As Ohio confronts an $8-10 billion deficit in its 2011-2012 biannual budget, the Ohio Housing Trust Fund (OHTF) faces an unprecedented funding threat. To protect it, the Coalition on Housing and Homelessness in Ohio (COHHIO), an NLIHC state partner, has launched a campaign to educate legislators on the trust fund’s successes over the past 20 years, and urge them to keep its budget intact. Governor John Kasich will introduce his budget in March.
The severity of the state’s budget woes came into sharp focus last year. As legislators vowed to leave no stone unturned to close the budget gap, COHHIO immediately mounted a multilayered strategy to ensure that OHTF’s dedicated funding source – document recording fees – is not targeted. The organization has developed information on the budget crisis’ potential threat to OHTF funding and facts about the trust fund’s impact in each state district.
Given the significant shift in power from Democrats to Republicans in the Ohio legislature, COHHIO is supporting advocates as they urge newly elected legislators and key leaders to support OHTF. For example, COHHIO is circulating template letters that advocates can use to welcome new legislators and inform them the trust fund has the ability to create jobs, place money in local communities’ hands, positively affect every county, and support rural housing.
In September, COHHIO held training for advocates in partnership with the Ohio Association of Area Agencies on Aging, Ohio Association for Community Action Agencies, Habitat for Humanity of Ohio and the Ohio CDC Association. It featured a workshop conducted by NLIHC Board member Mary Brooks and Michael Anderson, both staff at the Center for Community Change. The event highlighted effective state trust fund advocacy efforts, provided talking points for legislative meetings, and offered strategies to convey messages effectively.
COHHIO also hosted a December webinar that prepared advocates to meet with lawmakers. It provided historical information on OHTF, facts on the budget crisis and details on the legislature’s new leadership. Using a media approach to support advocates’ work, COHHIO is working to generate positive news coverage for trust fund projects, as well. For example, a recent newspaper article showcased WSOS Community Action, a local organization serving Wood, Sandusky, Ottawa and Seneca counties, which received $476,000 to serve homeless residents.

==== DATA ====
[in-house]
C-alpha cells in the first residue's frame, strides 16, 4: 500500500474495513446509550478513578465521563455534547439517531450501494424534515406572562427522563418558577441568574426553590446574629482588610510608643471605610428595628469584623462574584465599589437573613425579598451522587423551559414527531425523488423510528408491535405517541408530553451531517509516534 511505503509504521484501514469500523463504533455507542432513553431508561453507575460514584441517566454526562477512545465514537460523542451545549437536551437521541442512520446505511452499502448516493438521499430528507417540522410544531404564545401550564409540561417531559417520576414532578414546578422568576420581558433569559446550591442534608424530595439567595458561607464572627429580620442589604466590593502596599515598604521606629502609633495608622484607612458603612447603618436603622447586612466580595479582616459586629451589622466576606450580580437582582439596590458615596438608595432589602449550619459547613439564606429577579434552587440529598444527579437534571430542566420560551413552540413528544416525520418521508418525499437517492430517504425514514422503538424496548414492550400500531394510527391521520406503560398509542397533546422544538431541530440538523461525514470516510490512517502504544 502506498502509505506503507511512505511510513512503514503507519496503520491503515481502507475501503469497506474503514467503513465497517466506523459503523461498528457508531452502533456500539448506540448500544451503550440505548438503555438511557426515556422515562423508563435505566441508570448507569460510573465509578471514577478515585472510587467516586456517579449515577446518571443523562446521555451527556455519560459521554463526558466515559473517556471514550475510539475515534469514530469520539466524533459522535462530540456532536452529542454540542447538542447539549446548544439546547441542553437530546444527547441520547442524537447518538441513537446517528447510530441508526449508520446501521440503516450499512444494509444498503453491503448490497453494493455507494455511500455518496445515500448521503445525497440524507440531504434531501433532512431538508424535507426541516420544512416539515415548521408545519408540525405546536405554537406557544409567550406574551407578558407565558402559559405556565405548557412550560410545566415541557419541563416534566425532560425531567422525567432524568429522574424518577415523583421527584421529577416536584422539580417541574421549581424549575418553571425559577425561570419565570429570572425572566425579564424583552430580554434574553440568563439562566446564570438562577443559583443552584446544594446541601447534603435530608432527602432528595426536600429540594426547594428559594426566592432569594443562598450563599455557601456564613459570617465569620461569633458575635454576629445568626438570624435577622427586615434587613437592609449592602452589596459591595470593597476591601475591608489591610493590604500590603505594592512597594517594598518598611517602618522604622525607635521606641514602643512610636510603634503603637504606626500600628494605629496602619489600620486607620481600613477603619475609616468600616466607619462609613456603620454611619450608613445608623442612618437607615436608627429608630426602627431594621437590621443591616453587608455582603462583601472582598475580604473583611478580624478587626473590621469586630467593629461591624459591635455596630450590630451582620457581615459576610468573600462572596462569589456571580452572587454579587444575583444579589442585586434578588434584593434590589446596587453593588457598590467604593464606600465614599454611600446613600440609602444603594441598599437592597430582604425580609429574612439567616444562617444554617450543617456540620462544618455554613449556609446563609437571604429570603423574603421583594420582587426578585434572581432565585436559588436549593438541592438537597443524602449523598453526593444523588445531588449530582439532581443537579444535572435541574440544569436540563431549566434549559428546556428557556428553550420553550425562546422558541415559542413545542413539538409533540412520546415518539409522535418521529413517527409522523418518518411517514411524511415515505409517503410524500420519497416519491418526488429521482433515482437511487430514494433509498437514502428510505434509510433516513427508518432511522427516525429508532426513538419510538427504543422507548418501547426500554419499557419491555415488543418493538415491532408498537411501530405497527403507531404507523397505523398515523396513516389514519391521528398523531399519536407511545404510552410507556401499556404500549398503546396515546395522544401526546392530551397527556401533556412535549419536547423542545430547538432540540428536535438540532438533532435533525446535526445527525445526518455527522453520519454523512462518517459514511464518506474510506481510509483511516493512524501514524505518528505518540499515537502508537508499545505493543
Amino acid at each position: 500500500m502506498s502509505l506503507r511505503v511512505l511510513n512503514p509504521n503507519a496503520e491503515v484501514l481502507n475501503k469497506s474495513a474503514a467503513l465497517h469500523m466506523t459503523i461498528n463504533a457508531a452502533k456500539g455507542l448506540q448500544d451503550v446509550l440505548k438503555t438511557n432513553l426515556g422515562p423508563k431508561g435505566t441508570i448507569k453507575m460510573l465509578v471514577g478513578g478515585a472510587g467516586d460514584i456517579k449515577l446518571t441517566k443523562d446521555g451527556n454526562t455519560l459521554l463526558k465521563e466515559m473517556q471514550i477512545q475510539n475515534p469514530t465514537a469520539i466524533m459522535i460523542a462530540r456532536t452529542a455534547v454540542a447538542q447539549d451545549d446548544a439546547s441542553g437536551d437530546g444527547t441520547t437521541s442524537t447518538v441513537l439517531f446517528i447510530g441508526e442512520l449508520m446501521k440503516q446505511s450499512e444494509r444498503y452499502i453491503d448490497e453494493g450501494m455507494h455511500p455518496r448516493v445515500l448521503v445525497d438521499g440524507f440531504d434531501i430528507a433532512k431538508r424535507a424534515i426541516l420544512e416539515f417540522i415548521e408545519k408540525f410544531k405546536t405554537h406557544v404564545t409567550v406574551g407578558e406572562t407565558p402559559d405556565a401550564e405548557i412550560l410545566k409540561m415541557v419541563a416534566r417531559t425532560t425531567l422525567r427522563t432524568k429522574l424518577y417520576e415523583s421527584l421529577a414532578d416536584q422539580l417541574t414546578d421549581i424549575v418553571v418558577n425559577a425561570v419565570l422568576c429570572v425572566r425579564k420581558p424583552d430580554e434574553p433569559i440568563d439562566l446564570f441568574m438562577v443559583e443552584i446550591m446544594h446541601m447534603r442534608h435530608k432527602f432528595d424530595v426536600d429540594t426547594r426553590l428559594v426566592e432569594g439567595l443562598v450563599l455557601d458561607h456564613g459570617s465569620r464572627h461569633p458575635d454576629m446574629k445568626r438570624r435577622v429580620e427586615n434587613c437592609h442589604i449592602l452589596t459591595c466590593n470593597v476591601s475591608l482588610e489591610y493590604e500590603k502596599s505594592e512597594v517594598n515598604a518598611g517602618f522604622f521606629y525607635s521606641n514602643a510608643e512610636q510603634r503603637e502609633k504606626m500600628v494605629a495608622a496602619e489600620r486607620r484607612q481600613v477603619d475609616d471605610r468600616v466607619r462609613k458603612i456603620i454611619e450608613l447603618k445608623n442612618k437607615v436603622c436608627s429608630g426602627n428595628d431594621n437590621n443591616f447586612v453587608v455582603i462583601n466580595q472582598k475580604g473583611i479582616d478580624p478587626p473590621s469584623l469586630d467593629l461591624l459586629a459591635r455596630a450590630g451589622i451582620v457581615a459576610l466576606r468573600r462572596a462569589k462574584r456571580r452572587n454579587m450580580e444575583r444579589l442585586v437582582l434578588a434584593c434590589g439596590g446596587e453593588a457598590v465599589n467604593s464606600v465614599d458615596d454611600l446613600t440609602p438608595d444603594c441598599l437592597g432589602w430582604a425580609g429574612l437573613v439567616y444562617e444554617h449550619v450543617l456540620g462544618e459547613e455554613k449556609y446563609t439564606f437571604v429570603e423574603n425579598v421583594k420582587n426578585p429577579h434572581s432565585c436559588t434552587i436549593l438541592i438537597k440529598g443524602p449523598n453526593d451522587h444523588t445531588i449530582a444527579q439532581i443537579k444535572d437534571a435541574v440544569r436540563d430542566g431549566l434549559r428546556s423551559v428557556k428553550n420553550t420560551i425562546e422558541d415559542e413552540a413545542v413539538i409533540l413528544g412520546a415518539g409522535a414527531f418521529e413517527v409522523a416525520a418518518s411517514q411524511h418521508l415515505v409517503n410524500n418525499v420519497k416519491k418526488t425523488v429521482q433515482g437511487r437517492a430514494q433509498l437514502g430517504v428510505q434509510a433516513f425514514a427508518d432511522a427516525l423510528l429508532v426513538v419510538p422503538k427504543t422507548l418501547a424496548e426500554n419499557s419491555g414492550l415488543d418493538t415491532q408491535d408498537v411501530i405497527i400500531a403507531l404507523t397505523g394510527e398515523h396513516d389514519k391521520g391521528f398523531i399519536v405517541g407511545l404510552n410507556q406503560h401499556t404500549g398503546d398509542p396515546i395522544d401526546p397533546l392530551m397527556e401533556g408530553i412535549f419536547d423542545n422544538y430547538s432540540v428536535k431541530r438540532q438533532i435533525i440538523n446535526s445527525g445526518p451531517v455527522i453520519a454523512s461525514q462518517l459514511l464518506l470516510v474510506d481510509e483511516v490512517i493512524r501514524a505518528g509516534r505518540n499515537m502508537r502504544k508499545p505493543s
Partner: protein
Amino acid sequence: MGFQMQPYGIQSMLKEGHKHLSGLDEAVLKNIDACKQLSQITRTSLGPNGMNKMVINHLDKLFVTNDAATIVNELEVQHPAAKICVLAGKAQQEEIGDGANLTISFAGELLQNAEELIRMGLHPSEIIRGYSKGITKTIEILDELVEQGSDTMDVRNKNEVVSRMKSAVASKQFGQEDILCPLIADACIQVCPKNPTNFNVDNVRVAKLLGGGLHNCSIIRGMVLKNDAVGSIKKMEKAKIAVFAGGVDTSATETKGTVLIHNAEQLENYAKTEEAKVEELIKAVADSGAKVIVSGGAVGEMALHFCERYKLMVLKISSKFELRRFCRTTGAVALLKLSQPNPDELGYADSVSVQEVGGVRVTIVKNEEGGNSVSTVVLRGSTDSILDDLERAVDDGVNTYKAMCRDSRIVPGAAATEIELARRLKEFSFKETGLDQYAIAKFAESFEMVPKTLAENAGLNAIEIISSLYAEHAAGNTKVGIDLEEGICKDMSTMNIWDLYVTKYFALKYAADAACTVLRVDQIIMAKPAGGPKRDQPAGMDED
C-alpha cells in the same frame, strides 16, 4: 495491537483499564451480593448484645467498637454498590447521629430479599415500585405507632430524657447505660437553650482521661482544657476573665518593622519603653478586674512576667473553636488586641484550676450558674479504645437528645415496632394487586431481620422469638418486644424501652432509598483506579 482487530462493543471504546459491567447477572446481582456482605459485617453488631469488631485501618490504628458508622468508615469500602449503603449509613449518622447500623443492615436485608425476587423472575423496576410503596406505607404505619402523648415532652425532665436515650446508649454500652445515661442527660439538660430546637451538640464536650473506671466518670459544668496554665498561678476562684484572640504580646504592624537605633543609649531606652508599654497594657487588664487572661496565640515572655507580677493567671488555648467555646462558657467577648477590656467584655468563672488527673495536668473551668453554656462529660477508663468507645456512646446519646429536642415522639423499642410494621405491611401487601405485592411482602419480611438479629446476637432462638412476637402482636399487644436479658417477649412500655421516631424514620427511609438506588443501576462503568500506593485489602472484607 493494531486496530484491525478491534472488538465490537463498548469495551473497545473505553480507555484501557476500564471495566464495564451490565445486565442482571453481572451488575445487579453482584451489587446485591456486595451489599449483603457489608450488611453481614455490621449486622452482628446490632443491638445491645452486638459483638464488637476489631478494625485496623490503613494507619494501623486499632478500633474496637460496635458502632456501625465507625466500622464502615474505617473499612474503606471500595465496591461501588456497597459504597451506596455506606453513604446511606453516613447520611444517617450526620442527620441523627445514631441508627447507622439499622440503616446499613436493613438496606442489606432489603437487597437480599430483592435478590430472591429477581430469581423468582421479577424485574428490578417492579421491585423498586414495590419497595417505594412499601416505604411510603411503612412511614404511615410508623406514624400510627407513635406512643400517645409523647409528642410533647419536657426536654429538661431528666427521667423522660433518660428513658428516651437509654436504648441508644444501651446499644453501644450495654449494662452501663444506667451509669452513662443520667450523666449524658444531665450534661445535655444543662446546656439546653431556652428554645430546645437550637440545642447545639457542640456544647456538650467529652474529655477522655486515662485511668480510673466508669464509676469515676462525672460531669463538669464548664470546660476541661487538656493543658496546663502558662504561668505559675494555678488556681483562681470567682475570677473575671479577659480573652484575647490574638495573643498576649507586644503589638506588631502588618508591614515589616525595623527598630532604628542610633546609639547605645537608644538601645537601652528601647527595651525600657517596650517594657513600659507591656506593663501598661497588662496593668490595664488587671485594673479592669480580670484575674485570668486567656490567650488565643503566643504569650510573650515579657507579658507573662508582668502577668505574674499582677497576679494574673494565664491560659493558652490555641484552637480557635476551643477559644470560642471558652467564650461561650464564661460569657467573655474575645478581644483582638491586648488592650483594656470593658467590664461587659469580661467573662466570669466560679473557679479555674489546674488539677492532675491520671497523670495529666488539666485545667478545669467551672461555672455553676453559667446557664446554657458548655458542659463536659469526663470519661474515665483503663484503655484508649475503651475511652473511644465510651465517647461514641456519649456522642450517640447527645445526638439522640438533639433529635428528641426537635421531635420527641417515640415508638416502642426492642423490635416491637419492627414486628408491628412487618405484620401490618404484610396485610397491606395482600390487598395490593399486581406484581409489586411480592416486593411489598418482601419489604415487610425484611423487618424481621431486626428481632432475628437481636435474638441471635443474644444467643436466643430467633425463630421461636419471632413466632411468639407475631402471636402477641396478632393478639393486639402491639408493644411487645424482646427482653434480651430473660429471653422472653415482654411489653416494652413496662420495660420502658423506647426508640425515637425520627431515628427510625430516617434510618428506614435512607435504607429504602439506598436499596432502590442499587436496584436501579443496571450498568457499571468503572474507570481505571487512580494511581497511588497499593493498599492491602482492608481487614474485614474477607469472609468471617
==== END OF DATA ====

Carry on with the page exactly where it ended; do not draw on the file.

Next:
Advocates believe that keeping OHTF funding intact is more critical than ever as recent reports show a rise in homelessness and housing needs across Ohio. Miami Valley’s primary family shelter saw a 35% increase in occupancy during the first two weeks of November 2010, compared to the same period in 2009. In September, 275 men with no prior experience with homelessness entered Cuyahoga County’s largest shelter. And, the waiting lists for Section 8 housing vouchers have swelled to 1,631 applicants in Cincinnati, 2,905 in Cleveland and 7,601 in Columbus. Waiting lists are now closed to new applicants in all three cities.
COHHIO is working with corporate, nonprofit, advocacy and
faith-based groups statewide that may not have direct ties to the trust
fund but have an interest in protecting homeless and affordable
housing initiatives. Advocates hope the two-pronged approach of
educating lawmakers on the program’s positive impact and supporting a
balanced approach to state budgeting will preserve the OHTF budget.
“The priority of the OHTF has always been to direct funds to those most in need,” said Bill Faith, COOHIO’s executive director. “It’s a unique funding source that becomes even more important when social service safety net programs are cut to the bone. It’s worth everything we’ve got to protect it.”
For more information: Cathy Johnston, COHHIO, email@example.com